That’s my “slogan suggestion” for the 8th annual Maha Music Festival, being held at Aksarben Village Aug. 20, which features headliner Passion Pit, along with electronic popster Grimes, hip-hop phenom Vince Staples, returning Nebraskan Matthew Sweet and my favorite act of the line-up, Car Seat Headrest, a band that’s about to explode beyond the tiny, crippled indie music world (You heard it first hear on KTIM). Plus seven more star-studded acts and an entire park filled with fun, family-friendly festival mayhem.
But instead of that genius catch-phrase, the Maha braintrust went with “Maha Moves” as this year’s marketing tag line. That’s not bad, either. In fact, the festival’s entire marketing platform was based around the idea that this year’s line-up is guaranteed to get your booty shaking — a very rare thing for Omaha indie music fans.
Lauren Schomburg, the festival’s executive director (a brand new position for the non-profit) said the “Maha Moves” catch-phrase was dreamed up by the marketing team at local ad agency The New BLK long before any bands had been booked. “It was even before we began pursuing Ryan Adams for the festival,” Schomburg said, “not exactly someone who comes to mind when you think of that tag line.”
In the end it didn’t matter since they couldn’t land Ryan Adams, anyway. Instead, they landed Passion Pit, whose music is structurally designed to make your body move, or at least wag your head to their hypnotic beat. Over coffee on the patio outside of Aroma’s in downtown Omaha during last month’s scorching heat wave, Schomburg explained the challenges involved in booking this year’s Maha Festival.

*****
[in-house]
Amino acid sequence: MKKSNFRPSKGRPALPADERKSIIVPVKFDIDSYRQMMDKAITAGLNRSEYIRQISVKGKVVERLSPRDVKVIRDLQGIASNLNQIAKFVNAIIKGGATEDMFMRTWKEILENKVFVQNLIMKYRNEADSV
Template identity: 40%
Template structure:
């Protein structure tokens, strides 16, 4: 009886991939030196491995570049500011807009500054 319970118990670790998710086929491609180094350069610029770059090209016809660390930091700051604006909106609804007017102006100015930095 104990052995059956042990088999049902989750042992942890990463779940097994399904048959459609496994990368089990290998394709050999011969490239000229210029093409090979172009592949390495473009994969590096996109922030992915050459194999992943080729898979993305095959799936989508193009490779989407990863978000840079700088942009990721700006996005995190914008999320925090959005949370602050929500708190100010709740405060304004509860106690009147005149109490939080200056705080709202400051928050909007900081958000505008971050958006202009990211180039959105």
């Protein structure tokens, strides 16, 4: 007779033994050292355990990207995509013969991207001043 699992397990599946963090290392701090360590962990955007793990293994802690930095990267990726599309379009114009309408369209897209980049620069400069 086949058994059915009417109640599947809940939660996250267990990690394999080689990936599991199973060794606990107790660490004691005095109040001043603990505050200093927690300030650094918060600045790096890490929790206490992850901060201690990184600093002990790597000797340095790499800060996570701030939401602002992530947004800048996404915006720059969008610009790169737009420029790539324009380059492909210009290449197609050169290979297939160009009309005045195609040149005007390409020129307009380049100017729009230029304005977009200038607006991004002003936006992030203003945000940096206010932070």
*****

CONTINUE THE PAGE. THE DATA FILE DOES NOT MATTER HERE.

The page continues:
“It was hard,” she said. “Every year it’s a different kind of hard, but this year we were really struggling to find artists that fit the Maha mold who were available in our price range. It took us longer than usual.”
To understand the challenges, you have to understand all the barriers and how the whole thing falls into place. Although everyone on the 10-member Maha Music Festival Board of Directors has input on the line-up, Schomburg said this year’s primary deciders were board members Aaron Shaddy and Bill Sweet, who worked hand-in-hand with Omaha super-promoter One Percent Productions (specifically, One Percent’s Marc Leibowitz).
Schomburg said the team starts with a wish list then compares fees with the festival’s entertainment budget, as well as the bands’ availability. Early summer is high season for music festivals, which is one reason Maha moved its date back to late August a few years ago. “Lollapalooza (which was held the last week of July in Chicago) was really the last big U.S. festival,” Schomburg said. “By August, bands begin transitioning to the European festival circuit. We don’t think we’re getting outbid by other festivals, though our budget is still our biggest hindrance.”
In the end, it’s Leibowitz who ultimately juggles all the factors for the Maha team and helps them settle on a final line-up. “Marc has worked with us for years,” Schomburg said. “He cares and believes in Maha.”
Many offers were sent out, and many were rejected for a myriad of reasons. In the end, the mirrors aligned for Passion Pit, a so-called “indietronica” act from Cambridge, Massachusetts, led by singer/songwriter Michael Angelakos, whose debut LP, Manners, was a hit for Frenchkiss and Columbia Records back in 2009. It was followed by Gossamer in 2012 with the hit “Take a Walk,” which expanded their fan base when the song was used by Taco Bell to introduce the Doritos Locos taco. Their last album, Kindred, was released by Columbia in 2015.